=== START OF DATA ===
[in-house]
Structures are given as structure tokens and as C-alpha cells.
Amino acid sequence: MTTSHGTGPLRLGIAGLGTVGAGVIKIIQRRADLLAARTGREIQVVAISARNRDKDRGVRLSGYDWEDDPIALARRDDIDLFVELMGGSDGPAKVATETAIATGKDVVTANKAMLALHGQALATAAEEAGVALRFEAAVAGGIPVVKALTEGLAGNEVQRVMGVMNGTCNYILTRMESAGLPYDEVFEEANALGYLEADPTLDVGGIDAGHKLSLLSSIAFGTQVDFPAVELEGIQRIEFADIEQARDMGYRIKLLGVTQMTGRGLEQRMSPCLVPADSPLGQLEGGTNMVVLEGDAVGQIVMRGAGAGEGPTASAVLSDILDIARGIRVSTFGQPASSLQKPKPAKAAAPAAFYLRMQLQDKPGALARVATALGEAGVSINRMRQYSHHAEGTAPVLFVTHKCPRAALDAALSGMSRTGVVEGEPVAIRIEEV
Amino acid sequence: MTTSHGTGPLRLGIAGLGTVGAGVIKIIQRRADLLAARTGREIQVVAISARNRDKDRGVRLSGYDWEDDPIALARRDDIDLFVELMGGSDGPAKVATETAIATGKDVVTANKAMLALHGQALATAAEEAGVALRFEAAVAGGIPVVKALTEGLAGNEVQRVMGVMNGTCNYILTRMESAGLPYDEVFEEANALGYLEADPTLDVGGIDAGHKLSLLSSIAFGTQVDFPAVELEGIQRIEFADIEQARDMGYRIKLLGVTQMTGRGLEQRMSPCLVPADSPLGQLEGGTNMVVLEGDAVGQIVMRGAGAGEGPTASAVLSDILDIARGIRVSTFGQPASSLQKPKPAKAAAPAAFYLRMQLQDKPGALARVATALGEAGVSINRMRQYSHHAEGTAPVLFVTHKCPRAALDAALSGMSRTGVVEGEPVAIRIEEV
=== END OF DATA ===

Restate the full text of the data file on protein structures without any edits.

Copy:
[in-house]
Structures are given as structure tokens and as C-alpha cells.
Amino acid sequence: MTTSHGTGPLRLGIAGLGTVGAGVIKIIQRRADLLAARTGREIQVVAISARNRDKDRGVRLSGYDWEDDPIALARRDDIDLFVELMGGSDGPAKVATETAIATGKDVVTANKAMLALHGQALATAAEEAGVALRFEAAVAGGIPVVKALTEGLAGNEVQRVMGVMNGTCNYILTRMESAGLPYDEVFEEANALGYLEADPTLDVGGIDAGHKLSLLSSIAFGTQVDFPAVELEGIQRIEFADIEQARDMGYRIKLLGVTQMTGRGLEQRMSPCLVPADSPLGQLEGGTNMVVLEGDAVGQIVMRGAGAGEGPTASAVLSDILDIARGIRVSTFGQPASSLQKPKPAKAAAPAAFYLRMQLQDKPGALARVATALGEAGVSINRMRQYSHHAEGTAPVLFVTHKCPRAALDAALSGMSRTGVVEGEPVAIRIEEV
Amino acid sequence: MTTSHGTGPLRLGIAGLGTVGAGVIKIIQRRADLLAARTGREIQVVAISARNRDKDRGVRLSGYDWEDDPIALARRDDIDLFVELMGGSDGPAKVATETAIATGKDVVTANKAMLALHGQALATAAEEAGVALRFEAAVAGGIPVVKALTEGLAGNEVQRVMGVMNGTCNYILTRMESAGLPYDEVFEEANALGYLEADPTLDVGGIDAGHKLSLLSSIAFGTQVDFPAVELEGIQRIEFADIEQARDMGYRIKLLGVTQMTGRGLEQRMSPCLVPADSPLGQLEGGTNMVVLEGDAVGQIVMRGAGAGEGPTASAVLSDILDIARGIRVSTFGQPASSLQKPKPAKAAAPAAFYLRMQLQDKPGALARVATALGEAGVSINRMRQYSHHAEGTAPVLFVTHKCPRAALDAALSGMSRTGVVEGEPVAIRIEEV